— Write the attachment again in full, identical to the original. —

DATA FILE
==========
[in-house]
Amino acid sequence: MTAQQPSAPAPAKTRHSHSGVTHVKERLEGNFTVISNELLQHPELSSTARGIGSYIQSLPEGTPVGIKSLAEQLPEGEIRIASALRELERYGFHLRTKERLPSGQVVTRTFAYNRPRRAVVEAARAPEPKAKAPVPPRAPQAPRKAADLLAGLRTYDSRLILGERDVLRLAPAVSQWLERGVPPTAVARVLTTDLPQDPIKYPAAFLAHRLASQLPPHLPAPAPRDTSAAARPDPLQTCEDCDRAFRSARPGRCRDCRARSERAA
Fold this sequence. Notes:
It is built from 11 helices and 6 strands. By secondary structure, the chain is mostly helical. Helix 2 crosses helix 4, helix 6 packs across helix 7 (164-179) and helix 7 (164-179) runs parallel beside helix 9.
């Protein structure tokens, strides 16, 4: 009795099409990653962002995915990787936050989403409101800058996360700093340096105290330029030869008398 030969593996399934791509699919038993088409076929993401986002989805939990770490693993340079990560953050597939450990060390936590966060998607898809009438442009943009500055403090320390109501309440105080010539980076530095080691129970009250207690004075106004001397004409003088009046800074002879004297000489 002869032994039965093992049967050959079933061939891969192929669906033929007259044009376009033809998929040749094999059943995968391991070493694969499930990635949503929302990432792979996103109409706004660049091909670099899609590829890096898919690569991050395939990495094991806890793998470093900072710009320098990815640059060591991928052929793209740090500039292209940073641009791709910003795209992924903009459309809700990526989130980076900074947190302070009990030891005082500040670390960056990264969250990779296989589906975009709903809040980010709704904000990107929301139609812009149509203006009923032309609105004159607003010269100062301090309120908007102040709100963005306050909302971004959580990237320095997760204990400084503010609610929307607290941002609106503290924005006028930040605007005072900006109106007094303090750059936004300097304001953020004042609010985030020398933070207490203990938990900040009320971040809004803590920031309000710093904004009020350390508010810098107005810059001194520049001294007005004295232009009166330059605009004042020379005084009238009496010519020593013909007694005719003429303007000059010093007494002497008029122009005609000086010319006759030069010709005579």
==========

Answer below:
[in-house]
Amino acid sequence: MTAQQPSAPAPAKTRHSHSGVTHVKERLEGNFTVISNELLQHPELSSTARGIGSYIQSLPEGTPVGIKSLAEQLPEGEIRIASALRELERYGFHLRTKERLPSGQVVTRTFAYNRPRRAVVEAARAPEPKAKAPVPPRAPQAPRKAADLLAGLRTYDSRLILGERDVLRLAPAVSQWLERGVPPTAVARVLTTDLPQDPIKYPAAFLAHRLASQLPPHLPAPAPRDTSAAARPDPLQTCEDCDRAFRSARPGRCRDCRARSERAA
Fold this sequence. Notes:
It is built from 11 helices and 6 strands. By secondary structure, the chain is mostly helical. Helix 2 crosses helix 4, helix 6 packs across helix 7 (164-179) and helix 7 (164-179) runs parallel beside helix 9.
């Protein structure tokens, strides 16, 4: 009795099409990653962002995915990787936050989403409101800058996360700093340096105290330029030869008398 030969593996399934791509699919038993088409076929993401986002989805939990770490693993340079990560953050597939450990060390936590966060998607898809009438442009943009500055403090320390109501309440105080010539980076530095080691129970009250207690004075106004001397004409003088009046800074002879004297000489 002869032994039965093992049967050959079933061939891969192929669906033929007259044009376009033809998929040749094999059943995968391991070493694969499930990635949503929302990432792979996103109409706004660049091909670099899609590829890096898919690569991050395939990495094991806890793998470093900072710009320098990815640059060591991928052929793209740090500039292209940073641009791709910003795209992924903009459309809700990526989130980076900074947190302070009990030891005082500040670390960056990264969250990779296989589906975009709903809040980010709704904000990107929301139609812009149509203006009923032309609105004159607003010269100062301090309120908007102040709100963005306050909302971004959580990237320095997760204990400084503010609610929307607290941002609106503290924005006028930040605007005072900006109106007094303090750059936004300097304001953020004042609010985030020398933070207490203990938990900040009320971040809004803590920031309000710093904004009020350390508010810098107005810059001194520049001294007005004295232009009166330059605009004042020379005084009238009496010519020593013909007694005719003429303007000059010093007494002497008029122009005609000086010319006759030069010709005579």